Thursday, 12 December 2019

Huawei RuralStar 3.0, successor of RuralStar 2.0 Lite, coming in 2020


At MWC 2019, Huawei announced RuralStar Lite, the successor or RuralStar 2.0. The press release says:

At the Mobile World Congress 2019, Huawei released an innovative rural network solution, RuralStar Lite. This solution is specialized to cost-efficiently bring voice and mobile broadband (MBB) services to rural villages with a population of 500 to 1000 people while keeping the return on investment (ROI) period within three years for operators.

Huawei released the RuralStar solution in an effort to bring mobile connections to these unconnected rural areas. This solution has reached more than 90 networks worldwide, serving to provide mobile access for hundreds of millions of people. For most of them, it's the first time in their lives they have ever enjoyed access to the mobile world thanks to this solution.

Picture source: maxwireless on Twitter

Boasting three significant innovations, RuralStar successfully addresses a number of long-standing issues of network development in rural areas where transmission is difficult to reach, infrastructure is costly to build, the power supply is unstable, and deployment requires a long time to complete. For operators, the ROI period can be within three years for a rural network that covers more than 1000 users. To expand connections to unconnected villages having a population of 500 to 1000 people, Huawei released the RuralStar Lite solution to accommodate the local service characteristics of few connections and small coverage areas.

RuralStar Lite features a power consumption of as low as 200 watts. Fitted with four solar panels, this solution greatly simplifies power supply. It allows all related equipment to be installed on poles with a height of 6 m to 9 m, without the need to install supporting rods and build fences. With these advantages added together, project costs are significantly reduced and the total cost of ownership (TCO) decreases markedly.

RuralStar Lite has so far been successfully deployed in Zambia. The deployment demonstrates that RuralStar Lite is able to extend voice and data services to 500 to 1000 users in a village covering a radius of 1 km to 2 km. In addition, the ROI period is expected to be less than three years for operators.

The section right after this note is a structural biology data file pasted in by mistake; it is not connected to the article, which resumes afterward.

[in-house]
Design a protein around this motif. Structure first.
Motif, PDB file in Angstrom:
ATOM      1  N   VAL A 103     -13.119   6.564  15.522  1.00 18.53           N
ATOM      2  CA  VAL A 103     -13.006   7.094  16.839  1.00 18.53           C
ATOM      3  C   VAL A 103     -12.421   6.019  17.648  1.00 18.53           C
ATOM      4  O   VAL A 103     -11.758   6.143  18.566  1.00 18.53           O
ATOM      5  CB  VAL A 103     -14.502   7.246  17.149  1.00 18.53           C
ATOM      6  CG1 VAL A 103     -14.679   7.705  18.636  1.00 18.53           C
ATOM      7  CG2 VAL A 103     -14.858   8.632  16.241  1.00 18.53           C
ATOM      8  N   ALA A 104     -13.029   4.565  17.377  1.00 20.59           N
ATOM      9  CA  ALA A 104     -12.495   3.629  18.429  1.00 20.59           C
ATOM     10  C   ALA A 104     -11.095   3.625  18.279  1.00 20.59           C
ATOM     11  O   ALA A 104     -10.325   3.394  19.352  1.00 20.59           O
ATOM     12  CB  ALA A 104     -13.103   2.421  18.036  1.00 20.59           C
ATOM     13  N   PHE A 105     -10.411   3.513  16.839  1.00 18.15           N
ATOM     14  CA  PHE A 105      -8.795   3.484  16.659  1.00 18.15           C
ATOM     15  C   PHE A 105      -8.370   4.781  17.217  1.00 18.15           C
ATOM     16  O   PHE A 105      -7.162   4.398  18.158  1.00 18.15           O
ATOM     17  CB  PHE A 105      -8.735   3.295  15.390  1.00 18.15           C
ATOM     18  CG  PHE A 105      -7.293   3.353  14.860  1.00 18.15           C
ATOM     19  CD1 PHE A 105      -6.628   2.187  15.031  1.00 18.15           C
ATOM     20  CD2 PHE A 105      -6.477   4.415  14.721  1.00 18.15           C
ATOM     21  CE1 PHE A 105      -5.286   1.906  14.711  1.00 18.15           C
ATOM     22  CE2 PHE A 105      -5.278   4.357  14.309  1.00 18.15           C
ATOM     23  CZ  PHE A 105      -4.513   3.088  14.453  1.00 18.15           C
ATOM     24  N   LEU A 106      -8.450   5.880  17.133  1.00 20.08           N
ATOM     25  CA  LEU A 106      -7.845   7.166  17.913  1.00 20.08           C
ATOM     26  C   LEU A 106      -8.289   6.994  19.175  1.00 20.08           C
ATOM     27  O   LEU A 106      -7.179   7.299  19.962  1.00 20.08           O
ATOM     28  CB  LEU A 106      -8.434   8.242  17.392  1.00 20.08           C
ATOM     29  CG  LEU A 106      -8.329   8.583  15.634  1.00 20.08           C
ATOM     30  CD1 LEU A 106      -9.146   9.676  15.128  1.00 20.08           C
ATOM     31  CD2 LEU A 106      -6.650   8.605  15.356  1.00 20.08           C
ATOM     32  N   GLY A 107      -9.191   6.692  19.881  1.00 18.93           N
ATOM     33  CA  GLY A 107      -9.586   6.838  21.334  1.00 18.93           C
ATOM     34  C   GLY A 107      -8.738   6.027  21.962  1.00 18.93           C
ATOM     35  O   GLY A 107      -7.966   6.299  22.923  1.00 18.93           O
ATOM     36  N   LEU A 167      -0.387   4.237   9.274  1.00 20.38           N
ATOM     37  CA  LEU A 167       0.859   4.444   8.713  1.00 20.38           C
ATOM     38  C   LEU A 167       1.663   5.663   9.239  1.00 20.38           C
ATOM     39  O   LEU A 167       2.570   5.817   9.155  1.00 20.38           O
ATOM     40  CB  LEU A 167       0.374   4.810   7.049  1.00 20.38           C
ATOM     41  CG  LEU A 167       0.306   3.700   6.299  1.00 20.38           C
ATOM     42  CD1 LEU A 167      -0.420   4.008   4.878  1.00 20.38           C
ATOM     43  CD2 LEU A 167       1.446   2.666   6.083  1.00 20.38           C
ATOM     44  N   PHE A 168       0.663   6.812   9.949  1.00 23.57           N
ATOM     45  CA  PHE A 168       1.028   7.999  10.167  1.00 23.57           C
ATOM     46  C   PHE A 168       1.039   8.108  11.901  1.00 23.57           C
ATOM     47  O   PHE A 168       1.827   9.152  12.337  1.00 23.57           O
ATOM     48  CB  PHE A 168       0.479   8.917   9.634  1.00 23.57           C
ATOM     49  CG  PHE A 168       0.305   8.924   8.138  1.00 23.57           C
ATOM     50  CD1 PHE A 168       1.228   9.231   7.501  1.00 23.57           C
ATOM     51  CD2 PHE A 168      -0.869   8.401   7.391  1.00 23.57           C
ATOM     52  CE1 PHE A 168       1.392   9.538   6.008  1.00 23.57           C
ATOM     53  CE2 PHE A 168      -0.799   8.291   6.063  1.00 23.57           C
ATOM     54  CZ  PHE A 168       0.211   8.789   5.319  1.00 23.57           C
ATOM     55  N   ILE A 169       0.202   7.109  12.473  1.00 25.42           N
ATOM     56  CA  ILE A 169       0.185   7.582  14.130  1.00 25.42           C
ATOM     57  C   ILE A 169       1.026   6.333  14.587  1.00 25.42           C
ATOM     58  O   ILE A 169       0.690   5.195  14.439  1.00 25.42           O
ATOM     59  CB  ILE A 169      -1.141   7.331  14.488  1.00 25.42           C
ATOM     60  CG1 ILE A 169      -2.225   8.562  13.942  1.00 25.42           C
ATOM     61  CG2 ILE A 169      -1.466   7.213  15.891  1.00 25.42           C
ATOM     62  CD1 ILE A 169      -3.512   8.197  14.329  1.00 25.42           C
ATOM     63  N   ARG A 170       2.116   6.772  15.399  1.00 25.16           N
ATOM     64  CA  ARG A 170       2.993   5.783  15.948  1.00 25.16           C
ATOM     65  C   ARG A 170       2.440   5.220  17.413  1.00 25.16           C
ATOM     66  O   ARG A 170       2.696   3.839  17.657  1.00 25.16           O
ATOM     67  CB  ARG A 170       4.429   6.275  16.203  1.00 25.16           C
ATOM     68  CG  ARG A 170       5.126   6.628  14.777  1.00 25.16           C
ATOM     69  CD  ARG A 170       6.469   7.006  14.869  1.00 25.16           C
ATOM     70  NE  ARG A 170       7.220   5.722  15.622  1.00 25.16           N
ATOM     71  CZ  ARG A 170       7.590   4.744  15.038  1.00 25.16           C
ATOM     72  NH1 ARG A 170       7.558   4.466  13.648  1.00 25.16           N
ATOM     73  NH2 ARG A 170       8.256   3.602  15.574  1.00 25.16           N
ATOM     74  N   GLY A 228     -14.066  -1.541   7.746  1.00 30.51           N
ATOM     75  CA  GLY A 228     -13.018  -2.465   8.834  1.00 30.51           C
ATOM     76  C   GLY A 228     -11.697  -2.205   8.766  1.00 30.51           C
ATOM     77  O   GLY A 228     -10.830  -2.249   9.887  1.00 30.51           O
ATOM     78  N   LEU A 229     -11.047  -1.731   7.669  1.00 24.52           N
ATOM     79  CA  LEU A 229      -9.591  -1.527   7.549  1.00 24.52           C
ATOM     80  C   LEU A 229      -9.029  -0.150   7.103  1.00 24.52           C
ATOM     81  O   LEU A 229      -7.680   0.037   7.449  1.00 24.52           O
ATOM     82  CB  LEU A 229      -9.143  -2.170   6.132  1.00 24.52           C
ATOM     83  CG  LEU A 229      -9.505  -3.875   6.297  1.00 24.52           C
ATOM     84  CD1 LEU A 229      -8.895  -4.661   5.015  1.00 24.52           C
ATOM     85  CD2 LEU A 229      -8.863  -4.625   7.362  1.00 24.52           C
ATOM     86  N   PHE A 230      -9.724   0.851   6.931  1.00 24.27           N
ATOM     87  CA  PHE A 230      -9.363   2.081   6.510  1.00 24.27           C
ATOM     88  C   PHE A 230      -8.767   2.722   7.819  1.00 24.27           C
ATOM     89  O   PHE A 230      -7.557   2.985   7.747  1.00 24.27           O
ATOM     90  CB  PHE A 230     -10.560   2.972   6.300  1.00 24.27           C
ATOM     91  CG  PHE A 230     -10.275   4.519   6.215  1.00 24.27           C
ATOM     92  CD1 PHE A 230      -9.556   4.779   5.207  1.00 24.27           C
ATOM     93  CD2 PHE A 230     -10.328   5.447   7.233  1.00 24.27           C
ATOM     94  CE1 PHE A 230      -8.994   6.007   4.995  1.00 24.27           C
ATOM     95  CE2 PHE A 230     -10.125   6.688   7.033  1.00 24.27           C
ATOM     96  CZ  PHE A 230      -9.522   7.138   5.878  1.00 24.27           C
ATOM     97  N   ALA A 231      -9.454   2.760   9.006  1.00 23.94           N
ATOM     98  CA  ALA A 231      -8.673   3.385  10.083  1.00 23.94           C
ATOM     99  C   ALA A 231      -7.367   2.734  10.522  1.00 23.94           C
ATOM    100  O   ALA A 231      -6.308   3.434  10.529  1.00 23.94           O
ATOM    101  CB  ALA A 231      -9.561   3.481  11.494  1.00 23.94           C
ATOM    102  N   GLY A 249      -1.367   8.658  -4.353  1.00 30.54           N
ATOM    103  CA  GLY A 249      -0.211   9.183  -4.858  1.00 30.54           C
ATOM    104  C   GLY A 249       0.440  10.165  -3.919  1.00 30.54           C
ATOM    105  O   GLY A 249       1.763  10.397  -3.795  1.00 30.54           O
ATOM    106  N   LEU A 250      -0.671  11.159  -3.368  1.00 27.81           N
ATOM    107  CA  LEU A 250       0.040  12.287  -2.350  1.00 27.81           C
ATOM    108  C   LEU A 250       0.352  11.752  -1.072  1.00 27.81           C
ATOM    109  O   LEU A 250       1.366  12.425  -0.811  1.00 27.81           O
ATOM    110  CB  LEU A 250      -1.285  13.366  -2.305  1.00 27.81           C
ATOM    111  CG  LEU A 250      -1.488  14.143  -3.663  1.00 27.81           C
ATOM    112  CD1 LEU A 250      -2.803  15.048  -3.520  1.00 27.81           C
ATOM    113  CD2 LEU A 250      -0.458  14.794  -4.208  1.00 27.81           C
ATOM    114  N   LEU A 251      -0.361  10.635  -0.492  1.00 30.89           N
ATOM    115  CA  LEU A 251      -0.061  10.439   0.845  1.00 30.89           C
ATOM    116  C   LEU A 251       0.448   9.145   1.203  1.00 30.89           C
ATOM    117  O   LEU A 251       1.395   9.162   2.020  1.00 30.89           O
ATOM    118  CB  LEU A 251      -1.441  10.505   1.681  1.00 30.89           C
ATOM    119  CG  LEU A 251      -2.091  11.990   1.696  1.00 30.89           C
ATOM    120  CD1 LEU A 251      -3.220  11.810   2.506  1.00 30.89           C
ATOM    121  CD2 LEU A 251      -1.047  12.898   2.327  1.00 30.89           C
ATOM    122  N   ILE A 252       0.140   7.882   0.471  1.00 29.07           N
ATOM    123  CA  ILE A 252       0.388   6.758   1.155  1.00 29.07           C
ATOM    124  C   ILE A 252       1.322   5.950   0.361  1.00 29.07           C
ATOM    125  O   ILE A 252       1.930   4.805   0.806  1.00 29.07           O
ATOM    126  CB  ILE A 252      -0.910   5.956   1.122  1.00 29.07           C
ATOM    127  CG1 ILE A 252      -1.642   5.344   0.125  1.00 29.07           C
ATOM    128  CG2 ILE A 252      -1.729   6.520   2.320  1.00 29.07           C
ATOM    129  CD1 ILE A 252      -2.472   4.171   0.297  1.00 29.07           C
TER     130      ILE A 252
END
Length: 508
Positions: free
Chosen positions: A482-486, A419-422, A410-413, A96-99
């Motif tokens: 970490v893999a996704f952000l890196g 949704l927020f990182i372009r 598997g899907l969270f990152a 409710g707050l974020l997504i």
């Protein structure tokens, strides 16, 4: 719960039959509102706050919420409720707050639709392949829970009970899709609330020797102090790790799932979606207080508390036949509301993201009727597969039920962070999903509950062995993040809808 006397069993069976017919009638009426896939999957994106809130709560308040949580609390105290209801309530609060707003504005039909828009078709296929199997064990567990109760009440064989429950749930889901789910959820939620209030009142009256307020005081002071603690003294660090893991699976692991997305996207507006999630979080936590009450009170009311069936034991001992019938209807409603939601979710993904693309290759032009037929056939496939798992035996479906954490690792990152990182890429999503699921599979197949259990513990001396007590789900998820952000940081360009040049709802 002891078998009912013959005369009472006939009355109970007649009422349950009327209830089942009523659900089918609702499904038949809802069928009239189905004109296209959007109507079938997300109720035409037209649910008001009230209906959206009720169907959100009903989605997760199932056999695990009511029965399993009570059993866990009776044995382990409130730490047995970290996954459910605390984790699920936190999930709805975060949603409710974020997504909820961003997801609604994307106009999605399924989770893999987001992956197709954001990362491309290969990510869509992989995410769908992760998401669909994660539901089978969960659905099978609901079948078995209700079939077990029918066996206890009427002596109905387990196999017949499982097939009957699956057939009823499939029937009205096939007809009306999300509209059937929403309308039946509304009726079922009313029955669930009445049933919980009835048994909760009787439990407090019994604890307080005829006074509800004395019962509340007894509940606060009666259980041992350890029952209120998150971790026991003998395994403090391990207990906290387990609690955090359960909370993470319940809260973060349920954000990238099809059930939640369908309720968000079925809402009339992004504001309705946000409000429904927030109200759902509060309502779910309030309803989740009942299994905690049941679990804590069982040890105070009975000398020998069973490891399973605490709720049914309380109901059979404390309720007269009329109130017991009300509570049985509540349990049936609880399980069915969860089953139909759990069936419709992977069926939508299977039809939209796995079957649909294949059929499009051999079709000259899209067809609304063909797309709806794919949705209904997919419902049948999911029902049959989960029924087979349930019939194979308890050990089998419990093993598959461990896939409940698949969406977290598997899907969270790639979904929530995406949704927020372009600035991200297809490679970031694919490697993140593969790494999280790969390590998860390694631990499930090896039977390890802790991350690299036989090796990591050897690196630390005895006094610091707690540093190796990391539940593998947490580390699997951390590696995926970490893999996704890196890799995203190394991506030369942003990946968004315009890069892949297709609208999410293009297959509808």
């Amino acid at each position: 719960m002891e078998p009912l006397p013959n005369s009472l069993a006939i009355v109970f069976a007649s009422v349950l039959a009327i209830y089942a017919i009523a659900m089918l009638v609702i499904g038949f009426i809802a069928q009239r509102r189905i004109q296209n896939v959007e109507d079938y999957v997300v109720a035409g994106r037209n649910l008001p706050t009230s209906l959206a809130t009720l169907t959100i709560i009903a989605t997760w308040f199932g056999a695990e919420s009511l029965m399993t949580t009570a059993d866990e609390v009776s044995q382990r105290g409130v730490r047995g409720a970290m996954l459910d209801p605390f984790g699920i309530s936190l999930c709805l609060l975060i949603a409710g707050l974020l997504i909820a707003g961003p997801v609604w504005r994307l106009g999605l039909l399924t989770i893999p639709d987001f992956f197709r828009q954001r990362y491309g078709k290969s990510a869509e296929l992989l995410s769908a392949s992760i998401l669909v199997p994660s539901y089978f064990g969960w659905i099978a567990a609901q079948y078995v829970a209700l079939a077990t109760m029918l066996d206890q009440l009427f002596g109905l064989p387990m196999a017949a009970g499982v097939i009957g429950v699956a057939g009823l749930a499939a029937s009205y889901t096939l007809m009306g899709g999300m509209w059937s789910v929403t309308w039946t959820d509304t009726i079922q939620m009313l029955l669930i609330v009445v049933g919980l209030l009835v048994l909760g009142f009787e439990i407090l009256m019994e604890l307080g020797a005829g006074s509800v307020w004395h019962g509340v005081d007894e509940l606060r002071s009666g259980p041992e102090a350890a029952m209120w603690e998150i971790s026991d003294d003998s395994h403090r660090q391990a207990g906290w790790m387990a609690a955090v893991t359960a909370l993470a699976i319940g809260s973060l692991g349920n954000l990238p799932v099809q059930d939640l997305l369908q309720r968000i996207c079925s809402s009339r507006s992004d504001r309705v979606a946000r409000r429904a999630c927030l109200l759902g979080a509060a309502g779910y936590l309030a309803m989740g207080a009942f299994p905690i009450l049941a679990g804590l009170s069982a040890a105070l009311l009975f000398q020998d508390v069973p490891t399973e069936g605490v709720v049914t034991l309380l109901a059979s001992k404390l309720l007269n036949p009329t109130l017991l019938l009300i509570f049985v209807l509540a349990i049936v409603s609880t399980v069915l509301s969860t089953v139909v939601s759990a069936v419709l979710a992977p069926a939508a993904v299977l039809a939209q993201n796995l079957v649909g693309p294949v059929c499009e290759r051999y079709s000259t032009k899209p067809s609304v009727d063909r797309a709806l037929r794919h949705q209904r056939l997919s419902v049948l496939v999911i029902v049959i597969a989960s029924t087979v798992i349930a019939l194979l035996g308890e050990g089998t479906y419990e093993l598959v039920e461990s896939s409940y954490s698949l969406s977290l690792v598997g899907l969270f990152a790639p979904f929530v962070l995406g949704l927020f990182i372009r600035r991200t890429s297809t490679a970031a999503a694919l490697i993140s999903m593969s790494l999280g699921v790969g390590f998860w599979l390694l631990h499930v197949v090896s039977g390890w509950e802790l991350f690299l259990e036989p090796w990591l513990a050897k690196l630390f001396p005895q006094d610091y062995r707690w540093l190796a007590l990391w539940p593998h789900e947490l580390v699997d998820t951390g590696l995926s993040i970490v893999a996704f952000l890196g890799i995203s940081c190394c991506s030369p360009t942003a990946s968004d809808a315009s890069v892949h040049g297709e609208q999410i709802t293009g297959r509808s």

Interestingly, there isn't much information available on the solution even after all this time. While this is a good solution and has been promoted by operators like MTN, there isn't much information about the specifications either. Looking at the slide from MTN above, RuralStar is being deployed at Rural sites. As the requirement is to deploy GSM, UMTS and LTE, one assumption would be that the RuralStar can handle all of these. Whether this would keep the radio head as it is or not, I am not sure.


The above picture shows an example RuralStar site deployed by MTN. The deployment uses LTE backhaul so works as a relay. The small problem with this is that a Macro site from Huawei is required for this approach to work. Without a Huawei macro, this site would need another backhaul solution.

There are also other vendors looking at the same market like AMN, IP.Access, Airspan, Parallel Wireless, Mavenir, etc.also looking at providing alternative solutions for the same problem.

MTN is also looking at OpenRAN to improve it's rural coverage footprint. In a recent press release, it announced:

MTN is projecting to deploy more than 5,000 sites in rural areas across its 21 operations, bringing 2G, 3G and 4G connectivity to areas that were previously unconnected. In order to realise this goal, MTN will rely on an ecosystem of partners who will bring their expertise to build and maintain the sites, utilising a full turnkey approach.

MTN operations in Uganda and Guinea Conakry are already benefiting from this technology, as MTN has also partnered with the likes of VANU, Parallel Wireless and NuRAN Wireless to deliver the technology.

As one of the foremost members of the Telecom Infrastructure Project (TIP), MTN carries out solution testing on all hardware and software elements at its state-of-the-art head office in Johannesburg, South Africa. The TIP initiative aims to define 2G, 3G and 4G RAN solutions based on general-purpose, vendor-neutral hardware and software-defined technology.

By continuing to accelerate innovation through initiatives such as OpenRAN, MTN continues to lead the delivery of a bold new digital world, solidifying its position as a leading mobile operator in the market.

Regardless of the approach, mobile users in Africa will ultimately be the winners!

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